It’s the first time in a while, so I’m putting together a list of questions for the planning party with my oncologist. The first question, of course, will be Is my treatment working? We should have a new reading for my tumor markers. It’s another one of the details that is easy to obsess about. Why, I’m not sure since tumor markers are only part of the whole picture of cancer progression. Maybe it’s because they are easy to understand numbers: number decreasing, good; number increasing, bad. Tumor markers are one of the measures for detecting cancer activity in advanced breast cancer.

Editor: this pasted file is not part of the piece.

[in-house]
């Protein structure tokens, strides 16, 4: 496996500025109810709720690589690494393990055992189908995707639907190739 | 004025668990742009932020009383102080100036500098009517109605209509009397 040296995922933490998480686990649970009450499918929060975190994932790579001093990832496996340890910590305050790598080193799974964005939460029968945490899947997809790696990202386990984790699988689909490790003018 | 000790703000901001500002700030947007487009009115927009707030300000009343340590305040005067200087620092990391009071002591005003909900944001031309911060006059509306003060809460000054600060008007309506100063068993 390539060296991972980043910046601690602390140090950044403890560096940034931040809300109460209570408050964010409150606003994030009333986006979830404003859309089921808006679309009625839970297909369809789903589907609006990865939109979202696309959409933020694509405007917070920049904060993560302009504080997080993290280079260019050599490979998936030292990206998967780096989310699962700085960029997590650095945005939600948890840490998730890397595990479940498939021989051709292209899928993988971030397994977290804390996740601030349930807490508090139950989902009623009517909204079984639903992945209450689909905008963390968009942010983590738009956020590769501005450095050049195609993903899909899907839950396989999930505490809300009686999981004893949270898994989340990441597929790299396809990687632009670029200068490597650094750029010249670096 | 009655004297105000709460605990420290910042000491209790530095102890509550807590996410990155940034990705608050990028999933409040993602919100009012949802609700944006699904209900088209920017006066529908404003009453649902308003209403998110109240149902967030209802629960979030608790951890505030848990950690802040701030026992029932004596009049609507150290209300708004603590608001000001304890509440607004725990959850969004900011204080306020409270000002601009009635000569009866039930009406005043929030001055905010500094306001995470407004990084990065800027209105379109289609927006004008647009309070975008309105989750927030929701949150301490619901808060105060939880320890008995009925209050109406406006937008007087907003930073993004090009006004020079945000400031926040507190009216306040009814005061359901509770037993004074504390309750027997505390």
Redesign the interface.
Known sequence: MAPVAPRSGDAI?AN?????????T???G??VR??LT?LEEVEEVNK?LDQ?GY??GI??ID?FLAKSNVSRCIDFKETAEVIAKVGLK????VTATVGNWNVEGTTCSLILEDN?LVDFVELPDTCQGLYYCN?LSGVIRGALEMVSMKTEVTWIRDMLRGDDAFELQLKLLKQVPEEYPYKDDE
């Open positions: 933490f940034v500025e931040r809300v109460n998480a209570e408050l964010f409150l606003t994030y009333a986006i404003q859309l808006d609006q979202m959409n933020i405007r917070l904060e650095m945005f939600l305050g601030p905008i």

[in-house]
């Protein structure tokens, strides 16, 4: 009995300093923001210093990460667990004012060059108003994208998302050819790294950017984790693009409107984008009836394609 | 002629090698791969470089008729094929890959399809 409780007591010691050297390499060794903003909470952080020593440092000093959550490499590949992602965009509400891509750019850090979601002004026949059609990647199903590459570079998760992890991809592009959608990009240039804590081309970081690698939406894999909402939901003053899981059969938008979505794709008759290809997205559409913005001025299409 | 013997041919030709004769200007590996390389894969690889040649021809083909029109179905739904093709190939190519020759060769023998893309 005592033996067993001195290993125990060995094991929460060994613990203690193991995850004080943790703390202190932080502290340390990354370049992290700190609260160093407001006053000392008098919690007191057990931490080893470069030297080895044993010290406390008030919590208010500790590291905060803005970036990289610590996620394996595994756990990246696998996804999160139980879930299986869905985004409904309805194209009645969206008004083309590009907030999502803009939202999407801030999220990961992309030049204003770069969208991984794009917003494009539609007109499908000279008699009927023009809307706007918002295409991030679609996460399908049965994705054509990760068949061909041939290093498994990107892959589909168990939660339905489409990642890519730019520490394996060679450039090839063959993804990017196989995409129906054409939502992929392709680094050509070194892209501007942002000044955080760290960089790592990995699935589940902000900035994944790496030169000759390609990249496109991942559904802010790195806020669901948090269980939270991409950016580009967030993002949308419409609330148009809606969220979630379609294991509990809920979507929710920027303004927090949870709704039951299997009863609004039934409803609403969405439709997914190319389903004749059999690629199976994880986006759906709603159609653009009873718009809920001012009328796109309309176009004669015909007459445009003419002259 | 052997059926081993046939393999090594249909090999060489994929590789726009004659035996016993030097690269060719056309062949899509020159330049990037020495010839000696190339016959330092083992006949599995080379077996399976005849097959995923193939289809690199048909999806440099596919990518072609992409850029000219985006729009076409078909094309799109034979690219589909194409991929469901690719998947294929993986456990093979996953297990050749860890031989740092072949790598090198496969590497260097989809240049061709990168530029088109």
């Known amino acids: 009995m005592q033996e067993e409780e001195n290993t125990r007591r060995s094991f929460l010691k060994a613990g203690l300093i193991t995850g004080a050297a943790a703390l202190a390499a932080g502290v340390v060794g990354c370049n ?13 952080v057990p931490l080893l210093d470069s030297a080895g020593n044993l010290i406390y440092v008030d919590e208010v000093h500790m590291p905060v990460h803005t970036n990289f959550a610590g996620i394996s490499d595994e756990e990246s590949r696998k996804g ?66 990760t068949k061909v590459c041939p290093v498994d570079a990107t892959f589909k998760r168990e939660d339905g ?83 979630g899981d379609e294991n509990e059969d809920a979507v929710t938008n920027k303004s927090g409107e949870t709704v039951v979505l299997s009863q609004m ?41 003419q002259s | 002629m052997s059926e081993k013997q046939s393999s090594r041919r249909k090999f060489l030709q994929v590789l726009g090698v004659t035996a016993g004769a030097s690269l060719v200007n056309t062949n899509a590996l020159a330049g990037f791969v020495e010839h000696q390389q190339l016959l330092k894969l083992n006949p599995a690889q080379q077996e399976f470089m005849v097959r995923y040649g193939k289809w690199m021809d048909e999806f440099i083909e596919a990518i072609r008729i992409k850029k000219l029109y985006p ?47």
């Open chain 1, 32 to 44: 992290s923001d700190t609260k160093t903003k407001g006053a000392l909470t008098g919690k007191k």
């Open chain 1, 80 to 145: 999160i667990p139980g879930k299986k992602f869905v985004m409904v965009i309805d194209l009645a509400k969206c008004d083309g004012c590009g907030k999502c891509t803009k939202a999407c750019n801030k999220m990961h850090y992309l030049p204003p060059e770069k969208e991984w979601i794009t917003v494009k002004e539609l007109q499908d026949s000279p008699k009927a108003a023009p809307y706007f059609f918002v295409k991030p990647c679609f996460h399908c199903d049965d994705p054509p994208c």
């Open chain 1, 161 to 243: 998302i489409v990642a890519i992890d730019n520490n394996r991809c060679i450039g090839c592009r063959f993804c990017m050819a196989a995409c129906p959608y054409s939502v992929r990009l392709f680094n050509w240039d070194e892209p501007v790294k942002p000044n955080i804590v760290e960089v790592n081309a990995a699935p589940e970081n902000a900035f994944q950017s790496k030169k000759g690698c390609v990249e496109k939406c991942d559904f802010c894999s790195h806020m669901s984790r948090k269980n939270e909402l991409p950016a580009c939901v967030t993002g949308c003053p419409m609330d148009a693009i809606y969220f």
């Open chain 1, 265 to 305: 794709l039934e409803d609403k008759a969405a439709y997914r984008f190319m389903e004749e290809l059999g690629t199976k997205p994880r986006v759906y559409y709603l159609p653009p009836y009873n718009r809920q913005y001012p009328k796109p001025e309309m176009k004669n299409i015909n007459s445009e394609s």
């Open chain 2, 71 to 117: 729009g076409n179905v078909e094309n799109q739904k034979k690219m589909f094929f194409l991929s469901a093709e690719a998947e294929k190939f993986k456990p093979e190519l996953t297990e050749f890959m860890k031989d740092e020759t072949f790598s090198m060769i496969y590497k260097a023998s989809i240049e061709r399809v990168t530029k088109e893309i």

If you have tumor markers (50 to 90 percent of breast cancer patients have them), your doctor will use them to gauge the effectiveness of the treatment or to detect whether advanced cancer has started to progress again. Because an increase in the number can have a cause other than the obvious progression of disease, tumor markers are only part of the process of detection. Normally, your oncologist will use tumor markers, when present, along with other tests such as various scans: bone scan, CT scan, MRI, or PET scan, to confirm effectiveness of treatment and progression of the disease. These three sites provide a comprehensive explanation of tumor markers.